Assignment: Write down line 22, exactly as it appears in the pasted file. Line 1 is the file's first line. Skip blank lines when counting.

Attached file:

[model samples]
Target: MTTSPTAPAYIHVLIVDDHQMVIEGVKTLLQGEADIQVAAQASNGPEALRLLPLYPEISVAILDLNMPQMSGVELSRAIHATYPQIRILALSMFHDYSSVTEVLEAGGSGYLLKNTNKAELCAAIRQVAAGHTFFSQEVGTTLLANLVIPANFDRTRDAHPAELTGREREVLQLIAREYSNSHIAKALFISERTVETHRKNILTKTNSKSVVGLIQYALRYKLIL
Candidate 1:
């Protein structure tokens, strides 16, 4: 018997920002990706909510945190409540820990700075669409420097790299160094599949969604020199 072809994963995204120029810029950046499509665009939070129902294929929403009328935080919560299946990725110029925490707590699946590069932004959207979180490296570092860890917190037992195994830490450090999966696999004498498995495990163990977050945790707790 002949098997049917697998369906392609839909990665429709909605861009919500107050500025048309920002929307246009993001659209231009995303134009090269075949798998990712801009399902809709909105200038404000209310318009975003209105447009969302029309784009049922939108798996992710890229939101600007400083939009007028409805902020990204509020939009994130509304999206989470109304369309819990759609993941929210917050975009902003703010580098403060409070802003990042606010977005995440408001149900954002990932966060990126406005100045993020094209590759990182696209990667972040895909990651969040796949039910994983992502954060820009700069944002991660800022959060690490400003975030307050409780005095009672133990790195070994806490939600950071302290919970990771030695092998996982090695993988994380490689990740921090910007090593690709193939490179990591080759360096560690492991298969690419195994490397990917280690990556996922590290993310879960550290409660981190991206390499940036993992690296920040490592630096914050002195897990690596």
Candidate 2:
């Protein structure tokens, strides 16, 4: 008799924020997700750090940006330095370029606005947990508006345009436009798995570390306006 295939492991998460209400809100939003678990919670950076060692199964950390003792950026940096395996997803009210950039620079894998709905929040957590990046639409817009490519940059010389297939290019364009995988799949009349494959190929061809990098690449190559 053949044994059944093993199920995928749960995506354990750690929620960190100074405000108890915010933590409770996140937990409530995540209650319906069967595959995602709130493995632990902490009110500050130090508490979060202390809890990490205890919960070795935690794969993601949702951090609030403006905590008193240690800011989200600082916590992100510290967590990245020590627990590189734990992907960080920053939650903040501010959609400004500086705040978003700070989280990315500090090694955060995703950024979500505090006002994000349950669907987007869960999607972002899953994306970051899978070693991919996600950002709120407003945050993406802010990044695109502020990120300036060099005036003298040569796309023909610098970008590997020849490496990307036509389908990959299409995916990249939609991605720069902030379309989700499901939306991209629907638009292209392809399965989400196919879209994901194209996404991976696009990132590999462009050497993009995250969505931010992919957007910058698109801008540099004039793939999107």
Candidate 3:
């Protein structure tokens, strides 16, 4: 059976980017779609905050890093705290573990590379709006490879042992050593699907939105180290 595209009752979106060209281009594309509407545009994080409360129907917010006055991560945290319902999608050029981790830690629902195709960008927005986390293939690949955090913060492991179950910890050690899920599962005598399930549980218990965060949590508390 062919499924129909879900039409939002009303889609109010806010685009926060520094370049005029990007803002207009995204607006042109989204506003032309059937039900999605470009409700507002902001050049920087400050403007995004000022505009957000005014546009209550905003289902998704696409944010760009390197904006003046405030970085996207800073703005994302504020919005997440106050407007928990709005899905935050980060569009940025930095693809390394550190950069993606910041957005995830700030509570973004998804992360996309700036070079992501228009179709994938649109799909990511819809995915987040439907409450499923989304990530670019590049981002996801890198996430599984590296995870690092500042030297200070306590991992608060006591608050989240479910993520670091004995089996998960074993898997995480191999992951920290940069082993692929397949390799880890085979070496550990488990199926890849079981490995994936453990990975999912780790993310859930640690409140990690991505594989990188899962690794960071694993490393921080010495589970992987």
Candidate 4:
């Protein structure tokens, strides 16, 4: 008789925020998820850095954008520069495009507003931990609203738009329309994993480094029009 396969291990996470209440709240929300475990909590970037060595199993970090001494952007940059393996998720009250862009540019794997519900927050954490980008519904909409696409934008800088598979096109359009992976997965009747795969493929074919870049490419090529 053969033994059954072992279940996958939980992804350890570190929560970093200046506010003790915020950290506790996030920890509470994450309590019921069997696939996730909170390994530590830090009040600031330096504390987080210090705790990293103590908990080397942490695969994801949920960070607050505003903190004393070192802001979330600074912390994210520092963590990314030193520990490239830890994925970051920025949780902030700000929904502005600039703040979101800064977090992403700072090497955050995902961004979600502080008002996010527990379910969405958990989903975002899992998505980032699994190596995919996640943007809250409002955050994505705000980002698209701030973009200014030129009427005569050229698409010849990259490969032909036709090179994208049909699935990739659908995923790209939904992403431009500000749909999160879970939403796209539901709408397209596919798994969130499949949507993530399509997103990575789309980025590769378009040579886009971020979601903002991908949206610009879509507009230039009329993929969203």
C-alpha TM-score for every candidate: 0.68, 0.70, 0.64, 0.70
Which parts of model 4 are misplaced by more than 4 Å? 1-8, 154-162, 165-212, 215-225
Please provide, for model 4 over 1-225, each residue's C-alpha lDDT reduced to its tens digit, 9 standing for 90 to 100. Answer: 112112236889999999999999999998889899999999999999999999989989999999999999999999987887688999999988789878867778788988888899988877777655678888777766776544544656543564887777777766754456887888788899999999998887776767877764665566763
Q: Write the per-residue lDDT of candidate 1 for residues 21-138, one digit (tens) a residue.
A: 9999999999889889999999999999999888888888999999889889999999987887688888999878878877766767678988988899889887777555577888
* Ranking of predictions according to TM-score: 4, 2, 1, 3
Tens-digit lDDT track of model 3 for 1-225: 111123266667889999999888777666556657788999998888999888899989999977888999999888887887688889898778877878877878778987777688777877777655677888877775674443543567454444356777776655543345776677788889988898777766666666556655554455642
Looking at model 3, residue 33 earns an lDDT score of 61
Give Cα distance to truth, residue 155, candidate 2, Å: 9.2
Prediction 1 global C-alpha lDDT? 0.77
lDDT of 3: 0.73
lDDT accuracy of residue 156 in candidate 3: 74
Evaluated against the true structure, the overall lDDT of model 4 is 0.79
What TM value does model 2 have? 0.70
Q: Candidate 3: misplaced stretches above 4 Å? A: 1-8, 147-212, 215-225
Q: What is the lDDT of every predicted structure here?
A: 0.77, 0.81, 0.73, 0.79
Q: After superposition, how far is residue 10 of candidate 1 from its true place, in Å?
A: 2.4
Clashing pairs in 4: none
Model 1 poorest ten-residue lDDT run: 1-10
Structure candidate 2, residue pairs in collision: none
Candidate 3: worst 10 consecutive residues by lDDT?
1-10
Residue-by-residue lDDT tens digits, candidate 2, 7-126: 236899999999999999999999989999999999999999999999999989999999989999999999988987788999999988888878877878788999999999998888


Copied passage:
lDDT accuracy of residue 156 in candidate 3: 74